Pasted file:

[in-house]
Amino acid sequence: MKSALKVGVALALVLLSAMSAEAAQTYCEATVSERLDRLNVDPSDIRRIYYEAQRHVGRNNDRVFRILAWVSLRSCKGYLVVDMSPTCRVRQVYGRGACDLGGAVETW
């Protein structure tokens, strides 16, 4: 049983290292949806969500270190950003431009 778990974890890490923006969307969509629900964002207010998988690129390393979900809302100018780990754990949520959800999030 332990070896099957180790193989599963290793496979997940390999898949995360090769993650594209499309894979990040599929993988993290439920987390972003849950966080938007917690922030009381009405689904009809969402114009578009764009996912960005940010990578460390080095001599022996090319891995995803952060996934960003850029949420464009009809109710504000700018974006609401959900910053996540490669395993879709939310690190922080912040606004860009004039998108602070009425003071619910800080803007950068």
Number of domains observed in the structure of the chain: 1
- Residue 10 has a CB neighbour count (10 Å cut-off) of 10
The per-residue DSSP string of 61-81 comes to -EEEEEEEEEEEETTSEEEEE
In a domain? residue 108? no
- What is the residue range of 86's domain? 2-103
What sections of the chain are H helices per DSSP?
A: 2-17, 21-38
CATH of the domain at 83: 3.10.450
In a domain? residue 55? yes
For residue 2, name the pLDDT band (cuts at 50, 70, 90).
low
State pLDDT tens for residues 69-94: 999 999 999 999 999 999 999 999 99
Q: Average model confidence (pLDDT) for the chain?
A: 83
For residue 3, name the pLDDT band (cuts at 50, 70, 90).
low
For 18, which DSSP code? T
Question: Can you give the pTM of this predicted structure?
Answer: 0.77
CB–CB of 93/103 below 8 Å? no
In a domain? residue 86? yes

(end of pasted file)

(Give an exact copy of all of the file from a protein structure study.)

[in-house]
Amino acid sequence: MKSALKVGVALALVLLSAMSAEAAQTYCEATVSERLDRLNVDPSDIRRIYYEAQRHVGRNNDRVFRILAWVSLRSCKGYLVVDMSPTCRVRQVYGRGACDLGGAVETW
């Protein structure tokens, strides 16, 4: 049983290292949806969500270190950003431009 778990974890890490923006969307969509629900964002207010998988690129390393979900809302100018780990754990949520959800999030 332990070896099957180790193989599963290793496979997940390999898949995360090769993650594209499309894979990040599929993988993290439920987390972003849950966080938007917690922030009381009405689904009809969402114009578009764009996912960005940010990578460390080095001599022996090319891995995803952060996934960003850029949420464009009809109710504000700018974006609401959900910053996540490669395993879709939310690190922080912040606004860009004039998108602070009425003071619910800080803007950068």
Number of domains observed in the structure of the chain: 1
- Residue 10 has a CB neighbour count (10 Å cut-off) of 10
The per-residue DSSP string of 61-81 comes to -EEEEEEEEEEEETTSEEEEE
In a domain? residue 108? no
- What is the residue range of 86's domain? 2-103
What sections of the chain are H helices per DSSP?
A: 2-17, 21-38
CATH of the domain at 83: 3.10.450
In a domain? residue 55? yes
For residue 2, name the pLDDT band (cuts at 50, 70, 90).
low
State pLDDT tens for residues 69-94: 999 999 999 999 999 999 999 999 99
Q: Average model confidence (pLDDT) for the chain?
A: 83
For residue 3, name the pLDDT band (cuts at 50, 70, 90).
low
For 18, which DSSP code? T
Question: Can you give the pTM of this predicted structure?
Answer: 0.77
CB–CB of 93/103 below 8 Å? no
In a domain? residue 86? yes